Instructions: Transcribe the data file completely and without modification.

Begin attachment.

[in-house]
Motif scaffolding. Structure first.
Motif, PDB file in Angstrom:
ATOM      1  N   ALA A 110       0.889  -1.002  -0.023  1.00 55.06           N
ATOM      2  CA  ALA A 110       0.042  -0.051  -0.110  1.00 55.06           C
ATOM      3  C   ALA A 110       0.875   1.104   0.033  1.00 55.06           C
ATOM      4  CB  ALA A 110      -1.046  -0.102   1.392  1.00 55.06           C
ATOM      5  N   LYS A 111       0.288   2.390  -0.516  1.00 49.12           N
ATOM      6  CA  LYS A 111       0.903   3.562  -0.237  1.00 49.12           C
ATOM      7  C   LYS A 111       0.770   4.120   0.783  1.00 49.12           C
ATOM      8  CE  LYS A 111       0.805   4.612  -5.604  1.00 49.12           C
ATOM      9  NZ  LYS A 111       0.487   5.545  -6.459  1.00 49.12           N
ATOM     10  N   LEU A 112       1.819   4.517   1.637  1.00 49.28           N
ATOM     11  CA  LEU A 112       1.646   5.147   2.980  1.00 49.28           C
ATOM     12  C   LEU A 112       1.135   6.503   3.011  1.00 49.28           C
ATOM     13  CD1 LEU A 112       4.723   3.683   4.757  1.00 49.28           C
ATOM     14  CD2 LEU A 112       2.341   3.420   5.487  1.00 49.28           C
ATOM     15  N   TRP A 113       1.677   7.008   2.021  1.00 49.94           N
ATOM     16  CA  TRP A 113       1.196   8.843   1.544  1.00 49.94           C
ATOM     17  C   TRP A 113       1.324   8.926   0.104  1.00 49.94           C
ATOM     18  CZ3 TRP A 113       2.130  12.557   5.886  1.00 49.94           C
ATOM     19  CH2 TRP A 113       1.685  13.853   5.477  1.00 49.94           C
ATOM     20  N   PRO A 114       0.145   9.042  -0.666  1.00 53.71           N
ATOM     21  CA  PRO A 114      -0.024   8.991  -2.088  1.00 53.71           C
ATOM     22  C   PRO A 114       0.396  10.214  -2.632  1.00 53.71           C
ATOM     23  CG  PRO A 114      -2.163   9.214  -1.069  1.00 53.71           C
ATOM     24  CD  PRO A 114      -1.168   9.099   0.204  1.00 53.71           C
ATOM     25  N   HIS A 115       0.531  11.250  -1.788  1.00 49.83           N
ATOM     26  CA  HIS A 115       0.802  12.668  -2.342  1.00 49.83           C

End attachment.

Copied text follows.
[in-house]
Motif scaffolding. Structure first.
Motif, PDB file in Angstrom:
ATOM      1  N   ALA A 110       0.889  -1.002  -0.023  1.00 55.06           N
ATOM      2  CA  ALA A 110       0.042  -0.051  -0.110  1.00 55.06           C
ATOM      3  C   ALA A 110       0.875   1.104   0.033  1.00 55.06           C
ATOM      4  CB  ALA A 110      -1.046  -0.102   1.392  1.00 55.06           C
ATOM      5  N   LYS A 111       0.288   2.390  -0.516  1.00 49.12           N
ATOM      6  CA  LYS A 111       0.903   3.562  -0.237  1.00 49.12           C
ATOM      7  C   LYS A 111       0.770   4.120   0.783  1.00 49.12           C
ATOM      8  CE  LYS A 111       0.805   4.612  -5.604  1.00 49.12           C
ATOM      9  NZ  LYS A 111       0.487   5.545  -6.459  1.00 49.12           N
ATOM     10  N   LEU A 112       1.819   4.517   1.637  1.00 49.28           N
ATOM     11  CA  LEU A 112       1.646   5.147   2.980  1.00 49.28           C
ATOM     12  C   LEU A 112       1.135   6.503   3.011  1.00 49.28           C
ATOM     13  CD1 LEU A 112       4.723   3.683   4.757  1.00 49.28           C
ATOM     14  CD2 LEU A 112       2.341   3.420   5.487  1.00 49.28           C
ATOM     15  N   TRP A 113       1.677   7.008   2.021  1.00 49.94           N
ATOM     16  CA  TRP A 113       1.196   8.843   1.544  1.00 49.94           C
ATOM     17  C   TRP A 113       1.324   8.926   0.104  1.00 49.94           C
ATOM     18  CZ3 TRP A 113       2.130  12.557   5.886  1.00 49.94           C
ATOM     19  CH2 TRP A 113       1.685  13.853   5.477  1.00 49.94           C
ATOM     20  N   PRO A 114       0.145   9.042  -0.666  1.00 53.71           N
ATOM     21  CA  PRO A 114      -0.024   8.991  -2.088  1.00 53.71           C
ATOM     22  C   PRO A 114       0.396  10.214  -2.632  1.00 53.71           C
ATOM     23  CG  PRO A 114      -2.163   9.214  -1.069  1.00 53.71           C
ATOM     24  CD  PRO A 114      -1.168   9.099   0.204  1.00 53.71           C
ATOM     25  N   HIS A 115       0.531  11.250  -1.788  1.00 49.83           N
ATOM     26  CA  HIS A 115       0.802  12.668  -2.342  1.00 49.83           C